These things are all gone. These ways are all gone, but today I wax nostalgic for the quilts. I’m going to buy some old quilts. I don’t want to make a new one… I want the well-worn quilts of my memory. I want the imperfections. I don’t want the stains, though. I smile. So, I’ve researched overdying processes. I want to find the lost quilts, the unloved and misused quilts. I want to gather a stack together. I’ll play around with dying them to mask unwanted stains while allowing patterns to remain. I find myself wondering what grandma would make of such an idea.
I think of the time women spent laying out scraps to make the prettiest patterns possible. Is it sacrilege, perhaps, to consider stripping them of color or dying over their hues? Ah, but then I think… grandma and her ilk were making due with what they had. They were taking scraps from children’s clothes that were beyond mending, pretty church frocks that had worn through, colorful sheets torn in washing… they were stitching together memories and doing it in as pretty a way as possible in what must have seemed like bleak circumstances at best. When we were tucked in under those quilts, we were nestled in cotton and history and suffering and exhaustion and resilience and creativity… all patched together in pinwheel patterns or crisp rows of colorful squares.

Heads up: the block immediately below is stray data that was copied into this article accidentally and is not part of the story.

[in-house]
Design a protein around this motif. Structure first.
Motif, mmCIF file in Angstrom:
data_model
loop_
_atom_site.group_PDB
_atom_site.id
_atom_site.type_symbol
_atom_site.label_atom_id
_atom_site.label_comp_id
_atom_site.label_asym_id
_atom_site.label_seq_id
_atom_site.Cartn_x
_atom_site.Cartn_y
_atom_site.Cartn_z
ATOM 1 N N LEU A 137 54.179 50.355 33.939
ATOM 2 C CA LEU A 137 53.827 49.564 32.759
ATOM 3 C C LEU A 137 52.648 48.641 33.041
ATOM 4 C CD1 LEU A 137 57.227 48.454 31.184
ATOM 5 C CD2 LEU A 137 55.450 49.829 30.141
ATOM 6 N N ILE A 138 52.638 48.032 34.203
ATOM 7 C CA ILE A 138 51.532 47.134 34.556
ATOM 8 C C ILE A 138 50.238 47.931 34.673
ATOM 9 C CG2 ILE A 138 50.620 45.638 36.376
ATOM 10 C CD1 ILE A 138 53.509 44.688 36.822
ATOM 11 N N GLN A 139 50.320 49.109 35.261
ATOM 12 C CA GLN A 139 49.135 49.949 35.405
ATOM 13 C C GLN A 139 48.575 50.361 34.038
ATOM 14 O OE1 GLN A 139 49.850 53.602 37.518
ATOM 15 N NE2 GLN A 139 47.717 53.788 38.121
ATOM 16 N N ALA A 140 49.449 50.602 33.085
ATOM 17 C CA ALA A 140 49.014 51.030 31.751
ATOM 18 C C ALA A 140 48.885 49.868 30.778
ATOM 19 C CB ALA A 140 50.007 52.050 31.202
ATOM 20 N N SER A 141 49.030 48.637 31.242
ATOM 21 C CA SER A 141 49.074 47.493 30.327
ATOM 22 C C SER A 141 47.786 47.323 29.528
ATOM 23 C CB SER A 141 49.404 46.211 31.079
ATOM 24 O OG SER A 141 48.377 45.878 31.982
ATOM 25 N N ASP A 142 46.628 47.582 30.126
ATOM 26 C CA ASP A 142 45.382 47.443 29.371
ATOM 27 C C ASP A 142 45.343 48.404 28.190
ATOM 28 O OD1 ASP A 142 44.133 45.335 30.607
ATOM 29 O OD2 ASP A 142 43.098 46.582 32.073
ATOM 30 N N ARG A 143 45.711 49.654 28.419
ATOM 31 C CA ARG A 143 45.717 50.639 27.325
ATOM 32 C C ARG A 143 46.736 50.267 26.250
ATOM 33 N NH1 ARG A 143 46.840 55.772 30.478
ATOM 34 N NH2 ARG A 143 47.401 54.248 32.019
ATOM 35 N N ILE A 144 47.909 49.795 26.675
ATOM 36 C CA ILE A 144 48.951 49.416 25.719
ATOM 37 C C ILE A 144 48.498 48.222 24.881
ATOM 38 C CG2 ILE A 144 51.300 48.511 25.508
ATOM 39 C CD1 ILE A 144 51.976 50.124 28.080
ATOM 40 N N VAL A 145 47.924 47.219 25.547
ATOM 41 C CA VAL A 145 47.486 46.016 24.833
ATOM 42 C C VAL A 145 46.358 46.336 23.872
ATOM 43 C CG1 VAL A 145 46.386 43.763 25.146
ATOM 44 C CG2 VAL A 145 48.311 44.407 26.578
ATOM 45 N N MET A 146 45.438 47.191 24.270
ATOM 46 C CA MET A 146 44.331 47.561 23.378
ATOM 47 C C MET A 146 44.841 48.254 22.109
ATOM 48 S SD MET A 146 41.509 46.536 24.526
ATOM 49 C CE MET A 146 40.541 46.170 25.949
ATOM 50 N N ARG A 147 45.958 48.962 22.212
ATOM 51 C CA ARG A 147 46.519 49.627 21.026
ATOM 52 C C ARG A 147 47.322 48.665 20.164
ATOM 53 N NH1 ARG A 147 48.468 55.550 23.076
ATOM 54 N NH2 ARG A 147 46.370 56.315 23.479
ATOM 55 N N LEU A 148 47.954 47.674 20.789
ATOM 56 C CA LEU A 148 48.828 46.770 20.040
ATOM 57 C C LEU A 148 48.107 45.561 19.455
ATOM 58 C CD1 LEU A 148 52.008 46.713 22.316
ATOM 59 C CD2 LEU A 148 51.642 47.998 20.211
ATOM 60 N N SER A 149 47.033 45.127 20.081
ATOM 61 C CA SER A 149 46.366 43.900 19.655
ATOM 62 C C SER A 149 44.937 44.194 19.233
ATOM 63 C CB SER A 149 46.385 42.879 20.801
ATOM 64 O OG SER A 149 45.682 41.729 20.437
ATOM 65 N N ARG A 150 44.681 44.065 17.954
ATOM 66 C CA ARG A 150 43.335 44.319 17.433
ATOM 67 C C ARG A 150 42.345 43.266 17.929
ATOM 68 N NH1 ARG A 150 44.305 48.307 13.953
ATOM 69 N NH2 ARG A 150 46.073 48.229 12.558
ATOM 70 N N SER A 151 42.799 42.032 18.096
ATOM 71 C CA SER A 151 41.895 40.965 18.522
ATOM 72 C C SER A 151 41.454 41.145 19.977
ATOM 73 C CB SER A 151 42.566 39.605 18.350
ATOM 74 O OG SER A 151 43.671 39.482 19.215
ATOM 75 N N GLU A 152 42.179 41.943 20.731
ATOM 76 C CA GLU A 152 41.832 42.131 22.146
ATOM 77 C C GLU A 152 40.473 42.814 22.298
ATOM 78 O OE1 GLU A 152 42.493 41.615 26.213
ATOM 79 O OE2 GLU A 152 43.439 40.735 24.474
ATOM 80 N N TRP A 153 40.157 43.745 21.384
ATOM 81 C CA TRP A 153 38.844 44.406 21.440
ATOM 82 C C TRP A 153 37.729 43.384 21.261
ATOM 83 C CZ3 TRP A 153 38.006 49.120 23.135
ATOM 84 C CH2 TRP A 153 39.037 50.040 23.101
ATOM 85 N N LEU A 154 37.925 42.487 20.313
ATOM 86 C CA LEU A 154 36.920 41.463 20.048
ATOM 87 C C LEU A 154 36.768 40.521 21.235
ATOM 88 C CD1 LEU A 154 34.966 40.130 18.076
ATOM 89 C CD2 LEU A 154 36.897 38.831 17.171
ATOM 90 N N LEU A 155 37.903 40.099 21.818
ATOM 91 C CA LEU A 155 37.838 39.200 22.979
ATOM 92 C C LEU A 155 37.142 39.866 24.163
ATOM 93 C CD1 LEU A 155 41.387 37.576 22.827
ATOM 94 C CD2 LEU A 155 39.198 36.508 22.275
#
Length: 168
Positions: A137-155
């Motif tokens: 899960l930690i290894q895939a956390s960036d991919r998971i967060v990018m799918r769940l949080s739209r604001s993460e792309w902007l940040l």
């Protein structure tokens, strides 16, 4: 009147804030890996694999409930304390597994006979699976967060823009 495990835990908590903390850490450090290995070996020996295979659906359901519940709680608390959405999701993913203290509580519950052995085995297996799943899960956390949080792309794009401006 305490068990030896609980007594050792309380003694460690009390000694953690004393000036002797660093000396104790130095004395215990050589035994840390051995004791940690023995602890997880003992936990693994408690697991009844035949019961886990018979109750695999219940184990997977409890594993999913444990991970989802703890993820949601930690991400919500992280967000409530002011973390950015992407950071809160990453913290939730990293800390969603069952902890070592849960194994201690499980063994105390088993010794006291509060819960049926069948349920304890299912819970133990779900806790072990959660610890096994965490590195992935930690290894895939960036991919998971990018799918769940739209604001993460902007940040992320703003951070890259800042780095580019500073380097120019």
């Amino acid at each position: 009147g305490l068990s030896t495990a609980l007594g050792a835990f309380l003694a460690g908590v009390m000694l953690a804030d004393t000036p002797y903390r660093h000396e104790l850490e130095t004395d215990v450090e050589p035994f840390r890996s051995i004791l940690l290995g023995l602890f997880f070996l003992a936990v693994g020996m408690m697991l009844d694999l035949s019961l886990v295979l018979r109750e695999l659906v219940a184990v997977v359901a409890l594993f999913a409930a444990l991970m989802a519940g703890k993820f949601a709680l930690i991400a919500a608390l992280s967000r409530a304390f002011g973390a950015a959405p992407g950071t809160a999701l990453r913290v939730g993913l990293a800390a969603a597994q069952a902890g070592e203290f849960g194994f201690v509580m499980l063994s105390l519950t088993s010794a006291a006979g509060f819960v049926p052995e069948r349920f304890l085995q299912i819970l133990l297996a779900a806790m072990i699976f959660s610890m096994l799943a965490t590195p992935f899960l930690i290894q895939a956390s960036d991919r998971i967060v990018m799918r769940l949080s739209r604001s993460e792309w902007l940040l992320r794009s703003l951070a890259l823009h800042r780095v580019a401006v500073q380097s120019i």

So, I suspect that if grandma had found a quilt that was stained, she would have taken to it with a bar of fells naptha soap and lots of elbow grease. If it was beyond help, she would have dyed the damn quilt top… or simply flipped the quilt over and gone on to deal with more pressing issues like homesteading to feed her brood.